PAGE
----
Bullying in schools

What is Bullying?

'Bullying' refers to physical or psychological chastisement or intimidation. It can be particularly prevalent in schools, where bullying thrives because of a variety of factors, such as immaturity and gang culture.

The fear and psychological damage that bullying can cause to a child has in the past been treated with relative disregard. However, in the last twenty years or so, bullying has been acknowledged to be a very serious problem, which in the worst cases can lead to severe depression and even suicide.

Bullying can also lead to increased truancy rates, which can have an adverse impact on educational achievement.

Background

Bullying has always been present in UK schools,  but until the late 1980s, although people were aware that it happened, it was not an issue of major public concern.

As bullying rarely manifests itself in serious physical abuse, it is not usually covered by the criminal law of assault. In addition, the fear engendered by bullying and the social stigmatisation that can follow has often made victims unwilling to speak out.

Also, increased access to the internet and greater use of mobile phones has led to a new kind of bullying. Cyber-bullying can be carried out anywhere, any time, making children even more vulnerable. 

However, there are now a number of charities such as Childline, the Anti-Bullying Alliance, Beatbullying, Kidscape, and Childnet International which provide invaluable advice and effective help for the victims of bullying 

Although bullying is not a specific criminal offence in itself, different aspects of bullying may be. For example, harassment or threatening behaviour could be an offence under the Harassment Act 1997, and sending an offensive electronic communication could be an offence under the Malicious Communication Act 1988.

In addition, the Education and Inspections Act 2006 requires schools to have measures in place to encourage good behaviour and prevent all forms of bullying amongst pupils. The Act also gives head teachers a statutory power to discipline pupils for poor behaviour, including bullying, when they are not on school premises.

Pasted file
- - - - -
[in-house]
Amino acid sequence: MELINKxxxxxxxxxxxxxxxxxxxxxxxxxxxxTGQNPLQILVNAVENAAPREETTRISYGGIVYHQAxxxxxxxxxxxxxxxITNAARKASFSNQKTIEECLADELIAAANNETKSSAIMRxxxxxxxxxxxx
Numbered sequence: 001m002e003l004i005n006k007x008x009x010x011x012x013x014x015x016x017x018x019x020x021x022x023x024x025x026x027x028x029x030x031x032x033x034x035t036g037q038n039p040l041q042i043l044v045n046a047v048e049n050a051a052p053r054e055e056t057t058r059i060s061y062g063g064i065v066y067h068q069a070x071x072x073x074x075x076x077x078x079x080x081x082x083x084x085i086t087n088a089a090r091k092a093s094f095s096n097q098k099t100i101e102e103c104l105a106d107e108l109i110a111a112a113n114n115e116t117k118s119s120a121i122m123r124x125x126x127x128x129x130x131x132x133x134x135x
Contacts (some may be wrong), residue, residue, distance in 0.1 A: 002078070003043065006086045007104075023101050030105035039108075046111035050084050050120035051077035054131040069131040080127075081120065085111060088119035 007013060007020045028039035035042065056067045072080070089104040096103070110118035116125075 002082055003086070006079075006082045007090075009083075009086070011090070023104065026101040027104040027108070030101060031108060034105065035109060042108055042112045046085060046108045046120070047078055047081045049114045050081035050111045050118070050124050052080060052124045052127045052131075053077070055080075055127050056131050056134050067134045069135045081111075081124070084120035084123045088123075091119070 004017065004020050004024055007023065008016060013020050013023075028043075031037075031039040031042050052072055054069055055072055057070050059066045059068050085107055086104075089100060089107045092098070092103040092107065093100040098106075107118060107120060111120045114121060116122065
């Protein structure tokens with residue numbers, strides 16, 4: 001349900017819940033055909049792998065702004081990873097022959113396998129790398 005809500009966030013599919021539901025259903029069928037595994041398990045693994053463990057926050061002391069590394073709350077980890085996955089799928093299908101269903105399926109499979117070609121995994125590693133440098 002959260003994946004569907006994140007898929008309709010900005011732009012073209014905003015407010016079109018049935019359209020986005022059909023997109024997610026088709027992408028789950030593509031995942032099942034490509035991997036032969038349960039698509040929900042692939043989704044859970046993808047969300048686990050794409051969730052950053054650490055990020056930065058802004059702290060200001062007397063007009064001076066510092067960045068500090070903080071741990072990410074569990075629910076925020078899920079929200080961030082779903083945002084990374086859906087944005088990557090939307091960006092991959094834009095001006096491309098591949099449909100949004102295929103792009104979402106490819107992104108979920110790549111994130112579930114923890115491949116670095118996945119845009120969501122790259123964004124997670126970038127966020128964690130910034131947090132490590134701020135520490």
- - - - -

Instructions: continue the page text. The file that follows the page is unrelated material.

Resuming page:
In December 2011, the Government published new advice on bullying for head teachers, staff and governing bodies. The document, 'Preventing and Tackling Bullying', is intended to "help schools prevent and respond to bullying as part of their overall behaviour policy." It also outlines the Government's approach to bullying, the legal obligations and the powers schools have to tackle bullying, and the principles which underpin the most effective anti-bullying strategies in schools.

Under the new Ofsted framework which comes into force in 2012, schools will be expected to demonstrate the impact of anti-bullying policies.
 

Statistics

Each year 10-14 youth suicides are directly attributed to bullying (The Home Office)
Bullied children are 6 times more likely to contemplate suicide than their non-bullied counterparts
1 in 12 children are badly bullied to the point that it affects their education, relationships and even their prospects for jobs in later life
66% of paedophiles are known to the child

Source: Kidscape – 2012
 

Quotes

"A safe environment isn't much to ask. But, all too often, it's more than our children and young people enjoy.
"We aim to eradicate the climate of fear and intimidation that many children and young people live under. "

Anti-bullying alliance - 2012
 

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